Guest Post – Personal finance, goals, and the relationship factor
We all know that teenagers are out of touch with reality, expecting to earn $90,000 per year by age 30. In my experience, many single 20-somethings are just as clueless when it comes to creating a realistic financial plan.
I read an article recently about a 22-year-old man named Sean who just graduated from college and started working for an investment bank. His goal was to be financial free by age 33, and here’s how he planned to do it:
Sean had a great starting salary of $75,000 per year, with the potential to earn an additional $50,000 in bonuses. To maximize his income, Sean’s brilliant plan included working 85-hour weeks for the next 11 years. He shared an apartment near his office downtown so he could walk to work. Sean planned to save money on food by bringing his lunch and dinner to work so he could eat at his desk.
The end result of Sean’s financial plan was to save over 60 per cent of his income and have an investment portfolio worth $1.5 million by the time he reached age 33. I’m all for setting lofty goals, but this plan doesn’t stand a chance. It’s just a dream.
I can remember when I was in my early 20’s and single, dreaming of financial freedom. I worked long hours, socked away money inside my RRSP, and lived on Pizza Pops and Kraft Dinner. I was going to retire young and wealthy, and then live it up over-seas. But then something happened that usually foils the financial dreams of all single men; I met a girl.
The one thing that is rarely accounted for in the financial dreams of young singles is the relationship factor. Suddenly you have to consider someone else’s needs other than your own. I don’t know about you, but my significant other wouldn’t really appreciate me working 85-hour weeks while sharing a cramped two-bedroom apartment with my old college roommate.
My financial priorities have changed dramatically in the last 10 years. When I was single I put any extra dollar into my RRSP without even thinking about my short term financial needs. Now that I’m married and have a family, I find myself more concerned with paying off our mortgage, building an emergency fund, and saving for a nice family vacation. I’ll stop myself before I end up buying a used mini-van.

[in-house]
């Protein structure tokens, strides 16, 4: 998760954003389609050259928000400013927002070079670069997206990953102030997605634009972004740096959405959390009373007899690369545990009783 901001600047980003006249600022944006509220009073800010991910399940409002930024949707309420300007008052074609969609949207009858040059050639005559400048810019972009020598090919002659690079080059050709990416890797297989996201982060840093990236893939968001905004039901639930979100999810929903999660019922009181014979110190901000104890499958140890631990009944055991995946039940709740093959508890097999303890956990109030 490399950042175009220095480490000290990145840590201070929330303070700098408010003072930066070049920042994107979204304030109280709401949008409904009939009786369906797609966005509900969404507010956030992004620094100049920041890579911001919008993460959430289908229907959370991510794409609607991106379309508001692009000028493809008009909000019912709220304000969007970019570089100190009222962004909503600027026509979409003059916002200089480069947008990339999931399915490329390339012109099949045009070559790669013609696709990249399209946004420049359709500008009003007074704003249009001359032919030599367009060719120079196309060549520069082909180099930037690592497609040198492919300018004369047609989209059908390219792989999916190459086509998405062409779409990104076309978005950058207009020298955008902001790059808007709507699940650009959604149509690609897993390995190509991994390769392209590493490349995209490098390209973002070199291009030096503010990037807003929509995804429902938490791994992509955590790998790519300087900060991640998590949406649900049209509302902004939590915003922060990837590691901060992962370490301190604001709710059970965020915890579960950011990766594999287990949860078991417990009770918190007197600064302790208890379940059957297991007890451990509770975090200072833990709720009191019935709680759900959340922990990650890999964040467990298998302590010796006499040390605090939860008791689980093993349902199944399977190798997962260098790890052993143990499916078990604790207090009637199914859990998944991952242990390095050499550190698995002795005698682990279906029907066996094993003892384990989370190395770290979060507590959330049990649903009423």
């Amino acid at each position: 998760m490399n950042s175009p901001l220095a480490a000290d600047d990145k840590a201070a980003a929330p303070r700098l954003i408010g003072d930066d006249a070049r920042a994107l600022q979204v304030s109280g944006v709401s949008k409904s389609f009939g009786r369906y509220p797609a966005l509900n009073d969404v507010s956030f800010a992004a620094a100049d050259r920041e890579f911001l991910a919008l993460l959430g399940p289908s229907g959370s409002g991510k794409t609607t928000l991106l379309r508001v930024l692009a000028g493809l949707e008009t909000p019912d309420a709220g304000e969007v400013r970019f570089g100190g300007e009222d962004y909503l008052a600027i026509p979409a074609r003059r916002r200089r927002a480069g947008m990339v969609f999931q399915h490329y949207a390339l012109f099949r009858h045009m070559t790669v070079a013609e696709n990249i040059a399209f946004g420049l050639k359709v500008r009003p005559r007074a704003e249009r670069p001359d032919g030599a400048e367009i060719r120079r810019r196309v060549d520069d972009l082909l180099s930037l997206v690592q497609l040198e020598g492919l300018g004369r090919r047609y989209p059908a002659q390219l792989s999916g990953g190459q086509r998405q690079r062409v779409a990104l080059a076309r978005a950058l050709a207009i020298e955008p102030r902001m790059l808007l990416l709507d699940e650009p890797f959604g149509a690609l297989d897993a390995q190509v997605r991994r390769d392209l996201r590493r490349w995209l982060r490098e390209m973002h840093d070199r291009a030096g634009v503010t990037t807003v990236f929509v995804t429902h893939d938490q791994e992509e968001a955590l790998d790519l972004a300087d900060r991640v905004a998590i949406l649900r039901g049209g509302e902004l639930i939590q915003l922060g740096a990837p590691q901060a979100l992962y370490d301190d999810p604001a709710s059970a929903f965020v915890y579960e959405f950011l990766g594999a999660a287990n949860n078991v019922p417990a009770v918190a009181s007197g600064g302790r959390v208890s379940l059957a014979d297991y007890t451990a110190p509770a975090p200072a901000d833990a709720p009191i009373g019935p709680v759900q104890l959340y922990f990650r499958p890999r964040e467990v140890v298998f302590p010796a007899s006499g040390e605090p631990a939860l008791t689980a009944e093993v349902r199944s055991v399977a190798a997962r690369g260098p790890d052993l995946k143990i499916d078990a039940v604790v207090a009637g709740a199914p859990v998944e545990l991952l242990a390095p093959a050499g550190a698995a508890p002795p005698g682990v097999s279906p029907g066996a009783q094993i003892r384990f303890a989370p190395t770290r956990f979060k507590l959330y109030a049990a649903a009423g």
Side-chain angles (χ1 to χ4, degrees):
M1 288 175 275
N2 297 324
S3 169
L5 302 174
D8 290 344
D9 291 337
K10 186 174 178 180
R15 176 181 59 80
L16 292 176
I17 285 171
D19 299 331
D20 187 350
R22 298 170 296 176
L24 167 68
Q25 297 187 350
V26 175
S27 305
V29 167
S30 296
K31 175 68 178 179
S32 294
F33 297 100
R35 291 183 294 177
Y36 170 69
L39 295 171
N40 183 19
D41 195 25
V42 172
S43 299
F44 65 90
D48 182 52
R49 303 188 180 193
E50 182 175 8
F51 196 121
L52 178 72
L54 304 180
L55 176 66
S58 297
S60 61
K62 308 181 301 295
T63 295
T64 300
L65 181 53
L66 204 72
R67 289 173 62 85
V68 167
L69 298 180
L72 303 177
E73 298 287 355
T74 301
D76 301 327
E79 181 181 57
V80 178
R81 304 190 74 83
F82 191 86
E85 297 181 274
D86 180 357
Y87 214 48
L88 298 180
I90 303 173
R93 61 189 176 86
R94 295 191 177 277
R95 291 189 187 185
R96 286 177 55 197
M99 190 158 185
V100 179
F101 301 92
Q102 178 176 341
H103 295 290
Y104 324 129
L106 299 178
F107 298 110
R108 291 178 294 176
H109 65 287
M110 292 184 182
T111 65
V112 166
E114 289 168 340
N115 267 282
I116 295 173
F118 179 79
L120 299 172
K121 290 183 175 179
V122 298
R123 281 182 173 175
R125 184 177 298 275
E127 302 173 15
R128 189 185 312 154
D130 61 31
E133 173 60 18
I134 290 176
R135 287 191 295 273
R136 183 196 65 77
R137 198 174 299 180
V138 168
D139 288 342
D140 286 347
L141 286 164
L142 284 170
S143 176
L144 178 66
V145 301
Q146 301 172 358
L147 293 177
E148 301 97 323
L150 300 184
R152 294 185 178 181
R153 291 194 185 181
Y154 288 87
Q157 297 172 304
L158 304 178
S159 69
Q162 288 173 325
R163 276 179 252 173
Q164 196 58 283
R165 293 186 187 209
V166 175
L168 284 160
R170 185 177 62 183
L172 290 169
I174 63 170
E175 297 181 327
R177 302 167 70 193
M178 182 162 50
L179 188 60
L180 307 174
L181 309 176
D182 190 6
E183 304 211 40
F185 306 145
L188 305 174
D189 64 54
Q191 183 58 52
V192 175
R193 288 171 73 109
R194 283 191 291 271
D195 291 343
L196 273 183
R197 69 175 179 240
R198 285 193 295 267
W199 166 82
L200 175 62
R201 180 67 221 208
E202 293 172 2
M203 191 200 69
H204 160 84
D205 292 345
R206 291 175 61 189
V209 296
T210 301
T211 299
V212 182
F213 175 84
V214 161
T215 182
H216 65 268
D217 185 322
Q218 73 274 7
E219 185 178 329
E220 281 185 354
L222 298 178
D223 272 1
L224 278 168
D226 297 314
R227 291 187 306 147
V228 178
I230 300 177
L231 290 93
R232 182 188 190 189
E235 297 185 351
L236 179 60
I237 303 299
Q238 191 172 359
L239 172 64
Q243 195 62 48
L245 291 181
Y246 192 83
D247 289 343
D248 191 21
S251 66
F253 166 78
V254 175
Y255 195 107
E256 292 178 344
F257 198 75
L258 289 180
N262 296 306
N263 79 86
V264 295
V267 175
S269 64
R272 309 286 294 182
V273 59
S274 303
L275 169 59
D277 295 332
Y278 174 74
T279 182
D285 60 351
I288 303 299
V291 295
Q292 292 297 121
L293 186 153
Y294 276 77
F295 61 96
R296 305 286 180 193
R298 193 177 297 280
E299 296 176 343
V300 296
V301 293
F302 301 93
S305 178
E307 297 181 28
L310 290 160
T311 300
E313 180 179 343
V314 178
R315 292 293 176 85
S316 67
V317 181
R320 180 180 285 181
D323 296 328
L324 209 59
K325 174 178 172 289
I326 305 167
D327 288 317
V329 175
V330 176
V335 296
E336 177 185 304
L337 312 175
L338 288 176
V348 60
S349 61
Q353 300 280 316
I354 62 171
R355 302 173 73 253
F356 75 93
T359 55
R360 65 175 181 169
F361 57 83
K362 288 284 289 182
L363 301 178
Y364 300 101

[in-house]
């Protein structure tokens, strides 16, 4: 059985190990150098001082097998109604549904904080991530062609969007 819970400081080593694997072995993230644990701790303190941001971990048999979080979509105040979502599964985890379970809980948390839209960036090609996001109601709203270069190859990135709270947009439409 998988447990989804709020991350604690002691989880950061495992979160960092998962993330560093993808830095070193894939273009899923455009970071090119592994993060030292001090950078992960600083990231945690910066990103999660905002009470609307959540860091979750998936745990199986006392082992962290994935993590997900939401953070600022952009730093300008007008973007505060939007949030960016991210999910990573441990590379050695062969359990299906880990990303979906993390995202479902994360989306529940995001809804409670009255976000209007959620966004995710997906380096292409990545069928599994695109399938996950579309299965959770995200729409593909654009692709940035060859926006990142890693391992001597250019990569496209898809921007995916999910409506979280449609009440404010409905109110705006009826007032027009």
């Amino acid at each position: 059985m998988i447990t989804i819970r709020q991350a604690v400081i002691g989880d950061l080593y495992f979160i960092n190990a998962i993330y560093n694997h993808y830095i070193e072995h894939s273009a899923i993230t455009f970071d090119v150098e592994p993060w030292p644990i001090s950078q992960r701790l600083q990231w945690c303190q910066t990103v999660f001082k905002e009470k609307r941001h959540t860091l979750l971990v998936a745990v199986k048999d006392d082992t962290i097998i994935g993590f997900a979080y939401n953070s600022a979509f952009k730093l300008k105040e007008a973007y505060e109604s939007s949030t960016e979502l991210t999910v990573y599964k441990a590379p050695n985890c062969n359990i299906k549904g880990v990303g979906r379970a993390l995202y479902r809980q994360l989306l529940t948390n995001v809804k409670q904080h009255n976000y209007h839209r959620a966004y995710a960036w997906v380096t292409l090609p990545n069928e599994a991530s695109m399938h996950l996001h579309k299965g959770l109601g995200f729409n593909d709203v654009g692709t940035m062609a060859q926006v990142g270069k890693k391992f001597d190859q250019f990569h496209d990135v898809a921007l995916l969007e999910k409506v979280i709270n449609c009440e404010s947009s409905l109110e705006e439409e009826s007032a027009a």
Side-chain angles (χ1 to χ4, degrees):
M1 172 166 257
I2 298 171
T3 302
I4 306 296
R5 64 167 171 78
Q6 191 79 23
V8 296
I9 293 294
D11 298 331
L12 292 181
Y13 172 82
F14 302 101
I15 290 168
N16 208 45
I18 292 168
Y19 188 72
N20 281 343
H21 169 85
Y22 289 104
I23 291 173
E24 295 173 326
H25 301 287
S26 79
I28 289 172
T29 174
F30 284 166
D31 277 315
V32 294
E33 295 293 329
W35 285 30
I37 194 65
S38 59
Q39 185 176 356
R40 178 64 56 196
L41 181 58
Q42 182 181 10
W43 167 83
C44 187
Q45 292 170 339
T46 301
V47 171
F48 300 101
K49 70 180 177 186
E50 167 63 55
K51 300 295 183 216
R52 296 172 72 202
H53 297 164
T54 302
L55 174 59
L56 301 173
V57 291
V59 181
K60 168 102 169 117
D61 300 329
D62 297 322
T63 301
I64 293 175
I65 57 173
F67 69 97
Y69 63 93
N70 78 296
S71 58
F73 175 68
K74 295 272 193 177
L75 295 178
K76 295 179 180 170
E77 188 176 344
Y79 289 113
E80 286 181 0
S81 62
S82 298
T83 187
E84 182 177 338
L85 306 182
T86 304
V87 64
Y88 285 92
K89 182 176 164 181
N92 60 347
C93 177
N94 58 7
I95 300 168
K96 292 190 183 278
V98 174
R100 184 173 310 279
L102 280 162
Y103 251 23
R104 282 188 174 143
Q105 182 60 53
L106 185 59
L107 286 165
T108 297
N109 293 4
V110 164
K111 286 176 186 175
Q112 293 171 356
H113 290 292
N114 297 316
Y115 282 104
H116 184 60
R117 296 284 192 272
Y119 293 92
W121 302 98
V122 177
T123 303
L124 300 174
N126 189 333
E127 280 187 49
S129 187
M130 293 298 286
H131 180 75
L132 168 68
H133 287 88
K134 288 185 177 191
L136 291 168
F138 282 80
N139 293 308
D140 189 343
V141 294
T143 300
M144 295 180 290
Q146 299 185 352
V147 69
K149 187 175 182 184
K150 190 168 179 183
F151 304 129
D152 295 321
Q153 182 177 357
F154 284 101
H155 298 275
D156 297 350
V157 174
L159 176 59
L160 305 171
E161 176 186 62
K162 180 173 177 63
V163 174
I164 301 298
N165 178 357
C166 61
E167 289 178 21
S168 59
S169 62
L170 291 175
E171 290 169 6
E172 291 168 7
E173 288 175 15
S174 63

I’m not suggesting that young single folks can’t make their financial dreams come true. Just remember to have a back-up plan that includes a significant other in your life.
**NOTE: I absolutely agree with Robb. Everything you thought you knew and wanted in life can be turned upside down once you meet someone special. I think even the biggest relationship skeptic can change if the right person comes along. But maybe that’s just me wanting to believe that it’s true. :)
Robb Engen lives in Lethbridge, AB and writes about Canadian personal finance at Boomer & Echo. Together with his mom, (she’s the Boomer, he’s the Echo) they offer their own unique perspectives on saving, investing and personal finance. You can follow him on Twitter @BoomerandEcho.
Author: Krystal Yee
I’m a writer, personal finance blogger, and marketing professional based in Vancouver. I’m a former Toronto Star (Moneyville) columnist, author of The Beginner’s Guide to Saving and Investing, and co-founder of the Canadian Personal Finance Conference. When I’m not working, you can usually find me running, playing field hockey, or plotting my next adventure.